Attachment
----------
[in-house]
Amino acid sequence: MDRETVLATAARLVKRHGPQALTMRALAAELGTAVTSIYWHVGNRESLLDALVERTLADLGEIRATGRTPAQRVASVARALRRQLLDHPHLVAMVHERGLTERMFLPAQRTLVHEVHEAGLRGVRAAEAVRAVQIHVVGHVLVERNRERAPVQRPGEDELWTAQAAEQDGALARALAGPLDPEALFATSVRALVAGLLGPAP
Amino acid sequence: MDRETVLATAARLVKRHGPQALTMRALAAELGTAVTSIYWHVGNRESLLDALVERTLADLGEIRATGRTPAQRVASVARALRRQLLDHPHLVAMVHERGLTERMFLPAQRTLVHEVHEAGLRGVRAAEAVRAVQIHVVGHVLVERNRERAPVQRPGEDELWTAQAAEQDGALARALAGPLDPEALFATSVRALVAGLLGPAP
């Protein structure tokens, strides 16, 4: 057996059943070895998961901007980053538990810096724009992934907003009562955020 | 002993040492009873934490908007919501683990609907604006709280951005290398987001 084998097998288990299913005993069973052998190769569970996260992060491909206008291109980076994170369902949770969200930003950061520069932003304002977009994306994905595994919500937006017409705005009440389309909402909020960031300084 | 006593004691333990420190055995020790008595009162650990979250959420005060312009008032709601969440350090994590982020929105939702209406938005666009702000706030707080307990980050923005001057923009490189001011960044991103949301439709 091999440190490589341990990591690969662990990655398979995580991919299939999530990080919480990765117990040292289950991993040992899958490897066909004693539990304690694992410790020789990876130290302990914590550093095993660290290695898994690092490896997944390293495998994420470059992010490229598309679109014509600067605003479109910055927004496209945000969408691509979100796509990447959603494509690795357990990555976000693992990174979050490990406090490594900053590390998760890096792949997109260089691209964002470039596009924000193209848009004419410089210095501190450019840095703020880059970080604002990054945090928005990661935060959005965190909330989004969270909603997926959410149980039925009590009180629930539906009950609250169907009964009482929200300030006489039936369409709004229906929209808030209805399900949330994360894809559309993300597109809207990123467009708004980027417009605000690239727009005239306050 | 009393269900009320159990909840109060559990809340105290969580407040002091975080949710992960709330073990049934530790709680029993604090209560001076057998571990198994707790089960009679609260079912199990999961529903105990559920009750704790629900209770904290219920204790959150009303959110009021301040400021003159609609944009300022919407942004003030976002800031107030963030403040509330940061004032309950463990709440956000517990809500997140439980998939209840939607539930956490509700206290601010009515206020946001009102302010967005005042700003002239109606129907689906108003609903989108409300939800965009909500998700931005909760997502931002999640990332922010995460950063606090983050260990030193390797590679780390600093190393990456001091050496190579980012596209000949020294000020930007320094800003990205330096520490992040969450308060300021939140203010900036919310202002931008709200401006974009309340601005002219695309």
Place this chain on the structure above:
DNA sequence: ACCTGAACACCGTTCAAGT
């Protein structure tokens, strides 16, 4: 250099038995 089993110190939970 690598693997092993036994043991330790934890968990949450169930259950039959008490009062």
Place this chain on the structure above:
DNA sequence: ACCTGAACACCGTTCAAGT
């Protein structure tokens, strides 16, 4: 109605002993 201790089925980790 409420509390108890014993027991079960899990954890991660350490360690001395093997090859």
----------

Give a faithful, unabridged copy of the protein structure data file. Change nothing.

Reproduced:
[in-house]
Amino acid sequence: MDRETVLATAARLVKRHGPQALTMRALAAELGTAVTSIYWHVGNRESLLDALVERTLADLGEIRATGRTPAQRVASVARALRRQLLDHPHLVAMVHERGLTERMFLPAQRTLVHEVHEAGLRGVRAAEAVRAVQIHVVGHVLVERNRERAPVQRPGEDELWTAQAAEQDGALARALAGPLDPEALFATSVRALVAGLLGPAP
Amino acid sequence: MDRETVLATAARLVKRHGPQALTMRALAAELGTAVTSIYWHVGNRESLLDALVERTLADLGEIRATGRTPAQRVASVARALRRQLLDHPHLVAMVHERGLTERMFLPAQRTLVHEVHEAGLRGVRAAEAVRAVQIHVVGHVLVERNRERAPVQRPGEDELWTAQAAEQDGALARALAGPLDPEALFATSVRALVAGLLGPAP
């Protein structure tokens, strides 16, 4: 057996059943070895998961901007980053538990810096724009992934907003009562955020 | 002993040492009873934490908007919501683990609907604006709280951005290398987001 084998097998288990299913005993069973052998190769569970996260992060491909206008291109980076994170369902949770969200930003950061520069932003304002977009994306994905595994919500937006017409705005009440389309909402909020960031300084 | 006593004691333990420190055995020790008595009162650990979250959420005060312009008032709601969440350090994590982020929105939702209406938005666009702000706030707080307990980050923005001057923009490189001011960044991103949301439709 091999440190490589341990990591690969662990990655398979995580991919299939999530990080919480990765117990040292289950991993040992899958490897066909004693539990304690694992410790020789990876130290302990914590550093095993660290290695898994690092490896997944390293495998994420470059992010490229598309679109014509600067605003479109910055927004496209945000969408691509979100796509990447959603494509690795357990990555976000693992990174979050490990406090490594900053590390998760890096792949997109260089691209964002470039596009924000193209848009004419410089210095501190450019840095703020880059970080604002990054945090928005990661935060959005965190909330989004969270909603997926959410149980039925009590009180629930539906009950609250169907009964009482929200300030006489039936369409709004229906929209808030209805399900949330994360894809559309993300597109809207990123467009708004980027417009605000690239727009005239306050 | 009393269900009320159990909840109060559990809340105290969580407040002091975080949710992960709330073990049934530790709680029993604090209560001076057998571990198994707790089960009679609260079912199990999961529903105990559920009750704790629900209770904290219920204790959150009303959110009021301040400021003159609609944009300022919407942004003030976002800031107030963030403040509330940061004032309950463990709440956000517990809500997140439980998939209840939607539930956490509700206290601010009515206020946001009102302010967005005042700003002239109606129907689906108003609903989108409300939800965009909500998700931005909760997502931002999640990332922010995460950063606090983050260990030193390797590679780390600093190393990456001091050496190579980012596209000949020294000020930007320094800003990205330096520490992040969450308060300021939140203010900036919310202002931008709200401006974009309340601005002219695309």
Place this chain on the structure above:
DNA sequence: ACCTGAACACCGTTCAAGT
């Protein structure tokens, strides 16, 4: 250099038995 089993110190939970 690598693997092993036994043991330790934890968990949450169930259950039959008490009062």
Place this chain on the structure above:
DNA sequence: ACCTGAACACCGTTCAAGT
């Protein structure tokens, strides 16, 4: 109605002993 201790089925980790 409420509390108890014993027991079960899990954890991660350490360690001395093997090859």